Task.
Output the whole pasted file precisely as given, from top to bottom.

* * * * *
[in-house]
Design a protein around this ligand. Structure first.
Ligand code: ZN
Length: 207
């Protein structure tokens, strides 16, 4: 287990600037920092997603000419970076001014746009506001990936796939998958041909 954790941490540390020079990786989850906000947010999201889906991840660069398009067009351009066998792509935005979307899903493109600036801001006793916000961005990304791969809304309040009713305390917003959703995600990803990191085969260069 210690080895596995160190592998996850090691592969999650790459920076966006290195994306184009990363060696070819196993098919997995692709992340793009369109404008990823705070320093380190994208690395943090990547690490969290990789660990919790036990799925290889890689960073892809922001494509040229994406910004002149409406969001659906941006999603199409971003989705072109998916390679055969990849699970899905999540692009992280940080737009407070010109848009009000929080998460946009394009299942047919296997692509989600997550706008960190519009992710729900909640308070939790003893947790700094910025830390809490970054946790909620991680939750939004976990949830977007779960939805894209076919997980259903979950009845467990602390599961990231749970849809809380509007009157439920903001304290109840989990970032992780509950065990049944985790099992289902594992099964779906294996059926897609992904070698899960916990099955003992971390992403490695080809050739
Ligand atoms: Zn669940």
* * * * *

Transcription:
[in-house]
Design a protein around this ligand. Structure first.
Ligand code: ZN
Length: 207
């Protein structure tokens, strides 16, 4: 287990600037920092997603000419970076001014746009506001990936796939998958041909 954790941490540390020079990786989850906000947010999201889906991840660069398009067009351009066998792509935005979307899903493109600036801001006793916000961005990304791969809304309040009713305390917003959703995600990803990191085969260069 210690080895596995160190592998996850090691592969999650790459920076966006290195994306184009990363060696070819196993098919997995692709992340793009369109404008990823705070320093380190994208690395943090990547690490969290990789660990919790036990799925290889890689960073892809922001494509040229994406910004002149409406969001659906941006999603199409971003989705072109998916390679055969990849699970899905999540692009992280940080737009407070010109848009009000929080998460946009394009299942047919296997692509989600997550706008960190519009992710729900909640308070939790003893947790700094910025830390809490970054946790909620991680939750939004976990949830977007779960939805894209076919997980259903979950009845467990602390599961990231749970849809809380509007009157439920903001304290109840989990970032992780509950065990049944985790099992289902594992099964779906294996059926897609992904070698899960916990099955003992971390992403490695080809050739
Ligand atoms: Zn669940």